Smithton student dedicated to education, future goals


By Hope Lecchi - [email protected]



Whitney Fisher, 18, a senior at Smithton High School, will enter the nursing program at Missouri Valley College in Marshall as a junior this fall, the first student to do so at the school.


By Hope Lecchi

[email protected]

Whitney Fisher, 18, a senior at Smithton High School, will enter the nursing program at Missouri Valley College in Marshall as a junior this fall, the first student to do so at the school.
http://sedaliademocrat.com/wp-content/uploads/2016/04/web1_whit_006tsd042616whitneyfisher1-1.jpgWhitney Fisher, 18, a senior at Smithton High School, will enter the nursing program at Missouri Valley College in Marshall as a junior this fall, the first student to do so at the school.

It takes a tremendous amount of skill, dedication, patience and caring to become a nurse. Whitney Fisher knows this all too well, even though she is only 18.

Fisher spent many years of her life watching her mother, Shawna Fisher, as she studied for her college degree first to receive her certification as an LPN, and then when she returned to school to receive her bachelor’s degree becoming a registered nurse.

This fall, Fisher hopes to follow her mother’s example as a nursing student.

Fisher is ahead of the timeline of many high school seniors though.

In August, when she begins her studies at Missouri Valley College in Marshall she will do so as a junior, transferring 42 college credits, which she earned during high school.

“When mom went to nursing school I went with her in some respects,” Fisher said. “I understand the tremendous amount of work it takes for the schooling that I will need to become a nurse because of my mom.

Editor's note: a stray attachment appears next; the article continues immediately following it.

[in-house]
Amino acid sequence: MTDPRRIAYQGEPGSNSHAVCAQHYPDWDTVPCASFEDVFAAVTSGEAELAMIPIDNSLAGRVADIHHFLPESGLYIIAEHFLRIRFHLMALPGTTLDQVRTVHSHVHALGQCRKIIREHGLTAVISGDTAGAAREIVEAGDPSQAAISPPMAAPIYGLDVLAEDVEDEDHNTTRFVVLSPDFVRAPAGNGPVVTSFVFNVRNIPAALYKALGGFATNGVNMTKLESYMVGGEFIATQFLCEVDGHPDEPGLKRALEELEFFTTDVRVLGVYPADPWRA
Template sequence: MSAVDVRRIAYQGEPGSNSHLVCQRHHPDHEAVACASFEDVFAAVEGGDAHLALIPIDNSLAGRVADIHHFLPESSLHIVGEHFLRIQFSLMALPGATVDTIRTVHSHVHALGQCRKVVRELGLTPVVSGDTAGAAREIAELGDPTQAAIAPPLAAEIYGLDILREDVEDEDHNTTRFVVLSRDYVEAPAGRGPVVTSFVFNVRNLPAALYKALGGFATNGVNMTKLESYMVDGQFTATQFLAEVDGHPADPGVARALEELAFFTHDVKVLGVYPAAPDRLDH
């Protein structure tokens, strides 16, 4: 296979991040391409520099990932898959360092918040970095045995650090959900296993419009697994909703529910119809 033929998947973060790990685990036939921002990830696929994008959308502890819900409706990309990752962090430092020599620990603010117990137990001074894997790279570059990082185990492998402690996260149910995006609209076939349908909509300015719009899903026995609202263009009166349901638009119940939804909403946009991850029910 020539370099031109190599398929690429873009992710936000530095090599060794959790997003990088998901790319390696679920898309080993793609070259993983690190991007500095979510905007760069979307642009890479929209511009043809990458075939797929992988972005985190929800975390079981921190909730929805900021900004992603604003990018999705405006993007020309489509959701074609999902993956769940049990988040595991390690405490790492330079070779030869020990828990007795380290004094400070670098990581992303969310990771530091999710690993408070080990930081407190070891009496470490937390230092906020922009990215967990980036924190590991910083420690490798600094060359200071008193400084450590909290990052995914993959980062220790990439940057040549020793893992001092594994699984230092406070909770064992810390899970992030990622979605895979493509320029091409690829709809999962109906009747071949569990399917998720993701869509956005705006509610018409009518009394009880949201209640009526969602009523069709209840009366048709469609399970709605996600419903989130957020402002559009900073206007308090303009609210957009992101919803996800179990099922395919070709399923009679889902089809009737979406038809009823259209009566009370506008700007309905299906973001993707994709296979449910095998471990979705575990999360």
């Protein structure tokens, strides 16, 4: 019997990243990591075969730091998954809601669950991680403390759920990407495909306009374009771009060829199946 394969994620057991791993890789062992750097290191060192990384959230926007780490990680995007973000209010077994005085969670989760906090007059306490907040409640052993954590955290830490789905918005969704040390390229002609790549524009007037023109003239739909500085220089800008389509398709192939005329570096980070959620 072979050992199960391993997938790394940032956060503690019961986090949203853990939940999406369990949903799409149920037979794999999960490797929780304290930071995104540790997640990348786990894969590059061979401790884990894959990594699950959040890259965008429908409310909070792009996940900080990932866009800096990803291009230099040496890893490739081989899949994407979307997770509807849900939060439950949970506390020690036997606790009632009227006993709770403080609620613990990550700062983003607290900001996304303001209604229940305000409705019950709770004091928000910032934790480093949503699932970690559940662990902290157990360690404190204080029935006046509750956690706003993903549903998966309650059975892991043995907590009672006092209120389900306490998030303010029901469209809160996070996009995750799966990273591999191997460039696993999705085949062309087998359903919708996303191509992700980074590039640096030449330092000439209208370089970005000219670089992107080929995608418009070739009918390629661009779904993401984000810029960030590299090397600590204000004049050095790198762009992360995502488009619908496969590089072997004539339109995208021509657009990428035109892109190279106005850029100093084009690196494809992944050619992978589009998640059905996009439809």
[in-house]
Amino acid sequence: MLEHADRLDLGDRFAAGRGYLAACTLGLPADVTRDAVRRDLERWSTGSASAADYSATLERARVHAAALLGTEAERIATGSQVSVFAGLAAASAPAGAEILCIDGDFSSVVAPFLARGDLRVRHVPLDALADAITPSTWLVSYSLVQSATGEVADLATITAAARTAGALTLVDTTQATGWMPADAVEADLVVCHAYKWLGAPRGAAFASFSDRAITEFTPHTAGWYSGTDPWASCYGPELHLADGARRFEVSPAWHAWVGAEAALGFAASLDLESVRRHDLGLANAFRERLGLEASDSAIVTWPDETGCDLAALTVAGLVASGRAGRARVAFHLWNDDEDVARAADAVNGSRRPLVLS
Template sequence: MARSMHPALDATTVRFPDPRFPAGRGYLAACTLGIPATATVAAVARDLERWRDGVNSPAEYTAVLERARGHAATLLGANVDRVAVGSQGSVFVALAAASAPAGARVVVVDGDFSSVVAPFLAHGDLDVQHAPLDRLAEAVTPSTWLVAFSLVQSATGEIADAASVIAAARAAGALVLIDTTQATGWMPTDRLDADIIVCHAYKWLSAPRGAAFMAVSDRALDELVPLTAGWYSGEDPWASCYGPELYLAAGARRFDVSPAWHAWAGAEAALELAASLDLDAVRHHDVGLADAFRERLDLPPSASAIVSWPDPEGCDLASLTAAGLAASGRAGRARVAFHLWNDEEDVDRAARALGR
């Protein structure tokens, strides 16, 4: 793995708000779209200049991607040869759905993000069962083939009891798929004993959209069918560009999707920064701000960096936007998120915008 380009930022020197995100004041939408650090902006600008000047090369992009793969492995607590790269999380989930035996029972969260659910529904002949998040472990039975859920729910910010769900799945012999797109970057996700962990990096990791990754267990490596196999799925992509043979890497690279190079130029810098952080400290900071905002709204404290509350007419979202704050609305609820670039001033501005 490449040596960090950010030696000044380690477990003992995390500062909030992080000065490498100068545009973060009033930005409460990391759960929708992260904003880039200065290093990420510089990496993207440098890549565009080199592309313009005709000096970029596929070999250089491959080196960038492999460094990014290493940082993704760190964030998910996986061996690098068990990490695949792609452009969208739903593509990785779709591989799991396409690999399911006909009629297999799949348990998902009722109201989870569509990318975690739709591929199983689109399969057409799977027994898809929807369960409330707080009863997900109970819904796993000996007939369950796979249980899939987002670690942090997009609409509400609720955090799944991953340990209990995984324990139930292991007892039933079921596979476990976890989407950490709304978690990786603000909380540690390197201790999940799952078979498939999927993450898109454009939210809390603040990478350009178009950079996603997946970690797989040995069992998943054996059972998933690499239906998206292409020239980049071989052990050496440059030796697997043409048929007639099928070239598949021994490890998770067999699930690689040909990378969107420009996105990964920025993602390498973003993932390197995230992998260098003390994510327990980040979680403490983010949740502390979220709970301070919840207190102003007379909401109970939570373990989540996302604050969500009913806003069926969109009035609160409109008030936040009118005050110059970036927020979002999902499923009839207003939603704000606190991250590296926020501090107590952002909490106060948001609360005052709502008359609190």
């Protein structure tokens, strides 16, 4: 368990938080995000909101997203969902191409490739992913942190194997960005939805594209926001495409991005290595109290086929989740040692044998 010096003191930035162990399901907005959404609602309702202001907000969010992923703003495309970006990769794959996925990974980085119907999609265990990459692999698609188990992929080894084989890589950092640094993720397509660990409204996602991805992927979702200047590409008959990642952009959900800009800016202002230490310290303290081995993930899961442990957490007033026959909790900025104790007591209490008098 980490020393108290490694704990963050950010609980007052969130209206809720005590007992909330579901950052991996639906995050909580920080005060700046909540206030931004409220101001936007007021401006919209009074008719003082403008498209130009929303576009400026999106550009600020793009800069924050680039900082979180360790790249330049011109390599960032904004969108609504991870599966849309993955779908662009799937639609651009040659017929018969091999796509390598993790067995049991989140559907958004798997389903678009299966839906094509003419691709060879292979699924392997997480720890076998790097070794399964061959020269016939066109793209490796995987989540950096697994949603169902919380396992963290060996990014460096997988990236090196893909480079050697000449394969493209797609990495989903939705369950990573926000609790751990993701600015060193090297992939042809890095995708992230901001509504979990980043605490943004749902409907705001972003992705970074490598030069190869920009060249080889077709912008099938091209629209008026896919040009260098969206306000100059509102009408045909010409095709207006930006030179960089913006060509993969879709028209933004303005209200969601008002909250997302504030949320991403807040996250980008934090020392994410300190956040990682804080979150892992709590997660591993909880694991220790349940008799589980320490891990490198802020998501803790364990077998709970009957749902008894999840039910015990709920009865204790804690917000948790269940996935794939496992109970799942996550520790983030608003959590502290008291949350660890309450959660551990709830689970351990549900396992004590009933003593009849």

“I know school isn’t going to be easy because I saw firsthand the amount of work she put into her education,” Fisher added. “I also see the demands that mom has in her career and the commitment she has made to helping others.”

Fisher, a senior at Smithton High School, said she has been given a great deal of exposure to nursing through her mother and opportunities she has been given.

“I had the chance to job shadow my mom when I was a freshman in high school,” Fisher said. “I watched her in surgery and I was hooked but I have also worked in the office during the summer and breaks to understand that side of nursing too.

“I am passionate about nursing and I really see it as a way to help others,” Fisher added. “I know it isn’t for everyone but I am really looking forward to beginning the program so I can start my career.”

Fisher had to apply and complete the requirements for entrance, as any student who is accepted into the nursing program at Missouri Valley has to do.

Part of the admission process is a placement test and Fisher received an advanced score.

Fisher also had to interview with the Dean of the School of Nursing at Missouri Valley, Peggy Van Dyke.

This is the first time in the college’s history it has admitted a high school senior into its nursing program as a junior.